Senator Arlen Specter holds a press conference at the U.S. Capitol
Shaun Heasley  /  Reuters
Senator Arlen Specter, R-Pa., listens during a news conference Thursday at the Capitol in Washington. In the background are Sens. Lindsey Graham, R-S.C., left, and Orrin Hatch, R-Utah, right.
updated 11/18/2004 5:53:06 PM ET 2004-11-18T22:53:06

Sen. Arlen Specter on Thursday won the support of the Senate Judiciary Committee’s Republicans to be their chairman next year, surviving complaints from abortion opponents who lobbied to skip over him in favor of a conservative.

“I have assured the president that I would give his nominees quick committee hearings and early committee votes,” Specter said at a news conference where outgoing chairman Orrin Hatch, R-Utah, said the panel’s Republican were unanimous in backing the Pennsylvania moderate.

“I have no reason to believe that I’ll be unable to support any individual President Bush finds worthy” of the federal bench, Specter told reporters.

He read from a statement he wrote that was cleared painstakingly in advance by committee members as well as the GOP leadership, who are determined to confirm Bush’s second-term nominees, possibly including a Supreme Court vacancy.

Even so, Specter said he felt no pressure to make the commitments he made.

Democrats have successfully blocked 10 of Bush’s first-term judicial nominees, while permitting confirmation of more than 200. Republicans sought to make a campaign issue of the political combat, accusing Democrats of obstructionism.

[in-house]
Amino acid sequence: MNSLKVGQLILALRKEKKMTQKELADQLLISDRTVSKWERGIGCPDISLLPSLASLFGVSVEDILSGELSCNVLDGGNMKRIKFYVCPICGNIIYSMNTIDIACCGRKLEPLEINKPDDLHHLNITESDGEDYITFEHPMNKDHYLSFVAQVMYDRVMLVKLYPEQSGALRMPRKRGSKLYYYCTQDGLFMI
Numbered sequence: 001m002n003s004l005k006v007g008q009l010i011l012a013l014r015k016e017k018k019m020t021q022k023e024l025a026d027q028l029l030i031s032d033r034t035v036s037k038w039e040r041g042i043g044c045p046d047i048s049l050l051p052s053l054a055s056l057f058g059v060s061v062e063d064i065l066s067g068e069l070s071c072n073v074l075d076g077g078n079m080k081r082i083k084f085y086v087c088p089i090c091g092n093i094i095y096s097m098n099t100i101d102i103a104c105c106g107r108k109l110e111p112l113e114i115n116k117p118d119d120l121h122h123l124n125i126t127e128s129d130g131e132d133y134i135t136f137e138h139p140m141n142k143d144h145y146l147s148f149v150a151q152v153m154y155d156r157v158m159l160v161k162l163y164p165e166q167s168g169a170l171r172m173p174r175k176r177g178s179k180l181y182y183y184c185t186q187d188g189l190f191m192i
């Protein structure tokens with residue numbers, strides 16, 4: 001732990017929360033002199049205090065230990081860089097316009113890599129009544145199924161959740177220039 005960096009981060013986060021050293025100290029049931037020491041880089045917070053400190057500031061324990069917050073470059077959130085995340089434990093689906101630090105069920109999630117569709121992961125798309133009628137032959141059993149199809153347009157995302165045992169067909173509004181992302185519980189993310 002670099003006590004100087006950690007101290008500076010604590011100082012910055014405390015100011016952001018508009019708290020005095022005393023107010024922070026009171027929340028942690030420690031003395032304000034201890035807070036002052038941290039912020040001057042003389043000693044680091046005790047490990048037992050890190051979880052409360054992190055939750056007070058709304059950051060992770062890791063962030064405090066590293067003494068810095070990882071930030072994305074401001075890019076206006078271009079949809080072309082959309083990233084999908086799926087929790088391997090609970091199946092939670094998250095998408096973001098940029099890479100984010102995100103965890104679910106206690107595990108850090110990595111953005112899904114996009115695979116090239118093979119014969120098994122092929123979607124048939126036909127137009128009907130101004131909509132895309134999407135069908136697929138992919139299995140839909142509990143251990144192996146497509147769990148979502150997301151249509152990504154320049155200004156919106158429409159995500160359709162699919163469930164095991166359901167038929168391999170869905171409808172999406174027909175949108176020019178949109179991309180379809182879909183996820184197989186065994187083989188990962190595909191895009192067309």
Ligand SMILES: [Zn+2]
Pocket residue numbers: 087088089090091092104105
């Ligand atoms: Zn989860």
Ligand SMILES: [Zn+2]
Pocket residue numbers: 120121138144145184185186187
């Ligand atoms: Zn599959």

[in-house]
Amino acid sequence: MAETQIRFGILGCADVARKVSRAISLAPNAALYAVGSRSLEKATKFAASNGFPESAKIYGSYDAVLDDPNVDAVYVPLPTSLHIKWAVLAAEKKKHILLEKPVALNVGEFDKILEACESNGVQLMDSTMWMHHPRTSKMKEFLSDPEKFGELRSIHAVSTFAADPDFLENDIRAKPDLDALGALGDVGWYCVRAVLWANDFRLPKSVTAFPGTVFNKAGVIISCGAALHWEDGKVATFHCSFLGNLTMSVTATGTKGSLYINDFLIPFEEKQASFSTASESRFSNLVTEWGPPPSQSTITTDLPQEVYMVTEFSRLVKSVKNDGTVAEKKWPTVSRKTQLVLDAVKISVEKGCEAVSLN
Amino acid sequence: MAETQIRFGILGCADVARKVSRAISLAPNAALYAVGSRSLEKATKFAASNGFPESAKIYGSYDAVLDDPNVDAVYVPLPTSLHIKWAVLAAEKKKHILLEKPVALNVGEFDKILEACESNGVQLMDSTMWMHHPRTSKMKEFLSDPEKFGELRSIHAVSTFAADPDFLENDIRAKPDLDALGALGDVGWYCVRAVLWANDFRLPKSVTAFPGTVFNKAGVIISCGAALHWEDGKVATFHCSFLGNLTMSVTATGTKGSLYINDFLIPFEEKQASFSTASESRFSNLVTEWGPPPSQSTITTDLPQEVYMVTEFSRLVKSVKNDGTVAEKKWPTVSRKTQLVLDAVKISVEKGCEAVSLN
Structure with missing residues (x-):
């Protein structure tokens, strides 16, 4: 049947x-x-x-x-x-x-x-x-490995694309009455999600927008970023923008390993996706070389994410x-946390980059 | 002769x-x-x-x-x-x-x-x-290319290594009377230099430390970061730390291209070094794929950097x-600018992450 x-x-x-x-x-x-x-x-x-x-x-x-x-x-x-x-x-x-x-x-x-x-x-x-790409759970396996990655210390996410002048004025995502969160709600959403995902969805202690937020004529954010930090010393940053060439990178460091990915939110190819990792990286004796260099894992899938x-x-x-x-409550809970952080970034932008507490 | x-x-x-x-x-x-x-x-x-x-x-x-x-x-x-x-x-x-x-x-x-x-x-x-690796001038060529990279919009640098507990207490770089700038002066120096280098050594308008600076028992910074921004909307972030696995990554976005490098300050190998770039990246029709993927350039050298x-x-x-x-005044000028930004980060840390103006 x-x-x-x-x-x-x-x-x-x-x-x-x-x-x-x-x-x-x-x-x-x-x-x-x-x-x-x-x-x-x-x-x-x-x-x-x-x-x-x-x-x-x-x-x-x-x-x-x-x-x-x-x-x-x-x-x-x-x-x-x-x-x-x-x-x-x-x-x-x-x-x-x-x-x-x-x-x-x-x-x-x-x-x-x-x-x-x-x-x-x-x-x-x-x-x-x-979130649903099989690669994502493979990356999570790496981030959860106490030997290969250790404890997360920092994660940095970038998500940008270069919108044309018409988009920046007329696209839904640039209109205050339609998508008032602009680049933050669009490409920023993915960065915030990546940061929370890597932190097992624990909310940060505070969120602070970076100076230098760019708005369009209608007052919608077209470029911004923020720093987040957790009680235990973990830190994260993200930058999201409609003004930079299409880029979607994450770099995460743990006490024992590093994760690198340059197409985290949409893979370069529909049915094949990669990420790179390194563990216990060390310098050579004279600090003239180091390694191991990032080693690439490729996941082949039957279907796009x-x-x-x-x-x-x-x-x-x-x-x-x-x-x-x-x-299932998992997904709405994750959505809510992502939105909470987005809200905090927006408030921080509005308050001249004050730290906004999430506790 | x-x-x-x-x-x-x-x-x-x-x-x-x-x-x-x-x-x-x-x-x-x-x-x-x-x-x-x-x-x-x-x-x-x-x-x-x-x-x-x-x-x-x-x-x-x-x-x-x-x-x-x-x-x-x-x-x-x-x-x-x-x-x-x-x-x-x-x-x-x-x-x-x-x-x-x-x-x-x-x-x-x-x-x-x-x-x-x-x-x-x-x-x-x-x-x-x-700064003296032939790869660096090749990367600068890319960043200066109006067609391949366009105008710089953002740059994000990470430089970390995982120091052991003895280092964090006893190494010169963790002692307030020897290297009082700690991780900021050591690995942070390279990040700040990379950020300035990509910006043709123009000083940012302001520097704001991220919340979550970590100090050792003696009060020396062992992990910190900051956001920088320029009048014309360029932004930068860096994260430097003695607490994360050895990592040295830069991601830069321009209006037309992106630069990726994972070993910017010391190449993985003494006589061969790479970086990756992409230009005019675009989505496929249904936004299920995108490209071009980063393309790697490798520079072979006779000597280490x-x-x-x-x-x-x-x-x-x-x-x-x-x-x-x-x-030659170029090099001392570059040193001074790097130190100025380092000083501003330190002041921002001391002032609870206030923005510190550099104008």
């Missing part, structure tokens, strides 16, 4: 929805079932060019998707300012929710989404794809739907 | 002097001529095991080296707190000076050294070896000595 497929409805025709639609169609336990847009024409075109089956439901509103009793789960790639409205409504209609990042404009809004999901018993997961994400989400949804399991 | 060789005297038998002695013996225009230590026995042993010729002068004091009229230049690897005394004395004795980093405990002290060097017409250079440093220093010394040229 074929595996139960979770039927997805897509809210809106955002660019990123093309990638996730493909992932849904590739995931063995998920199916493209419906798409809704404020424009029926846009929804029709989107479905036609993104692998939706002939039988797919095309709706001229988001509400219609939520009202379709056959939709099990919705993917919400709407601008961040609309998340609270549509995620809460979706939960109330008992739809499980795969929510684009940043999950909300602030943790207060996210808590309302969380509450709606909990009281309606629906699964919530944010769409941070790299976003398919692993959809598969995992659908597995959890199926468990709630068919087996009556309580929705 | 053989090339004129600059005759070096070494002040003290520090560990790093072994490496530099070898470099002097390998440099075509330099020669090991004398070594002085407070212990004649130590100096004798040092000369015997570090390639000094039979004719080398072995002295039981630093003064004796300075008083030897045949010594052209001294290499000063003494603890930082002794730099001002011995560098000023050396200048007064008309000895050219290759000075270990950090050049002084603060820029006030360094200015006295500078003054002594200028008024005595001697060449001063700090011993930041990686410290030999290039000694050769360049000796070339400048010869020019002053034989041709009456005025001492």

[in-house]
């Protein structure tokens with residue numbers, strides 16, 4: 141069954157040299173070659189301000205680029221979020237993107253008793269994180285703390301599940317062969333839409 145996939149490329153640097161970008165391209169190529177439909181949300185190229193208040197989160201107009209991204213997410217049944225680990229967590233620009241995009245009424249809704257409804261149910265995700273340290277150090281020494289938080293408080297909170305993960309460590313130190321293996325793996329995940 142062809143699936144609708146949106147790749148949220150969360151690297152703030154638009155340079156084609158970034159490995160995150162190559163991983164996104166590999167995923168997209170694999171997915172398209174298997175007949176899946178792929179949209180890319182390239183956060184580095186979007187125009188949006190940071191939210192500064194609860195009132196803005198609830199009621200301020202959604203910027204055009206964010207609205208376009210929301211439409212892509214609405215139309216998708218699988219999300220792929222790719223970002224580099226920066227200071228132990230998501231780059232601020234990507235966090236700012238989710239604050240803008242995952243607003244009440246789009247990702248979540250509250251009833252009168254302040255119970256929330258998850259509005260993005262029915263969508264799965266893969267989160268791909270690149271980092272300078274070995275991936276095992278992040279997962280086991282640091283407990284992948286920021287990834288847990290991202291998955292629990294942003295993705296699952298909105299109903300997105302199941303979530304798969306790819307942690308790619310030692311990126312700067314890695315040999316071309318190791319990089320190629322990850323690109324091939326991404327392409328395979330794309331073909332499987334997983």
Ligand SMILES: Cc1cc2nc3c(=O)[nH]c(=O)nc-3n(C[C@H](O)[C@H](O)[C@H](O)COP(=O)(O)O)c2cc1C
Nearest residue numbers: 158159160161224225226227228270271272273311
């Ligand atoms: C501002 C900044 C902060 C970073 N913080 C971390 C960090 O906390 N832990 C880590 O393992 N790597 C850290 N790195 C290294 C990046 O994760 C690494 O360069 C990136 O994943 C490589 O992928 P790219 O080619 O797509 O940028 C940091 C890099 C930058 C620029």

The GOP gained four seats on Nov. 2, defeating Democratic Leader Tom Daschle at home in South Dakota in the process. Majority Leader Bill Frist of Tennessee told reporters earlier this week he had opened discussions with Sen. Harry Reid, the new Democratic leader in hopes of easing the path to confirmation for Bush’s second-term appointments.

Frist and others have long held out the option of seeking a change in Senate procedures to strip Democrats of their ability to filibuster judicial appointments — a tactic that obliges supporters to command 60 votes instead of a simple majority.

Several sources said that inside the closed-door GOP meetings in recent days, Specter has been prodded to declare his support for such a change.

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